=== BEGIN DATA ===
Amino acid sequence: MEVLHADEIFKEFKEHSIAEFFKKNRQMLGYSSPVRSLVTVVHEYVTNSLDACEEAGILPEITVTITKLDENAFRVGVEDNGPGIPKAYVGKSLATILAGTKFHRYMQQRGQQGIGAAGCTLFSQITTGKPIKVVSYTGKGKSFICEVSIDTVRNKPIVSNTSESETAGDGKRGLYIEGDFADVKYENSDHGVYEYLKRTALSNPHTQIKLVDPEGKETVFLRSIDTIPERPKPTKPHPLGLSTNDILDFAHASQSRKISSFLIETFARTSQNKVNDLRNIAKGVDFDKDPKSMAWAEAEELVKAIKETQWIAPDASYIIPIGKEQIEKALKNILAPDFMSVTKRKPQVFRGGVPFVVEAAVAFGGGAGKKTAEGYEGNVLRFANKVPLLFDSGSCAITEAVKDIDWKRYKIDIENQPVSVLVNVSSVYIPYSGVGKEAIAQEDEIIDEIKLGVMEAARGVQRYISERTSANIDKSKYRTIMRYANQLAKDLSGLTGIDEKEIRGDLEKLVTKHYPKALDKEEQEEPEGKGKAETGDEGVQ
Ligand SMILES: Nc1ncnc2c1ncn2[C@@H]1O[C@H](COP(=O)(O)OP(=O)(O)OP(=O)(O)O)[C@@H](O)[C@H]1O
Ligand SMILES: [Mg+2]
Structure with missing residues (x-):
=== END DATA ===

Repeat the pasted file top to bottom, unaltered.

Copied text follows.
Amino acid sequence: MEVLHADEIFKEFKEHSIAEFFKKNRQMLGYSSPVRSLVTVVHEYVTNSLDACEEAGILPEITVTITKLDENAFRVGVEDNGPGIPKAYVGKSLATILAGTKFHRYMQQRGQQGIGAAGCTLFSQITTGKPIKVVSYTGKGKSFICEVSIDTVRNKPIVSNTSESETAGDGKRGLYIEGDFADVKYENSDHGVYEYLKRTALSNPHTQIKLVDPEGKETVFLRSIDTIPERPKPTKPHPLGLSTNDILDFAHASQSRKISSFLIETFARTSQNKVNDLRNIAKGVDFDKDPKSMAWAEAEELVKAIKETQWIAPDASYIIPIGKEQIEKALKNILAPDFMSVTKRKPQVFRGGVPFVVEAAVAFGGGAGKKTAEGYEGNVLRFANKVPLLFDSGSCAITEAVKDIDWKRYKIDIENQPVSVLVNVSSVYIPYSGVGKEAIAQEDEIIDEIKLGVMEAARGVQRYISERTSANIDKSKYRTIMRYANQLAKDLSGLTGIDEKEIRGDLEKLVTKHYPKALDKEEQEEPEGKGKAETGDEGVQ
Ligand SMILES: Nc1ncnc2c1ncn2[C@@H]1O[C@H](COP(=O)(O)OP(=O)(O)OP(=O)(O)O)[C@@H](O)[C@H]1O
Ligand SMILES: [Mg+2]
Structure with missing residues (x-):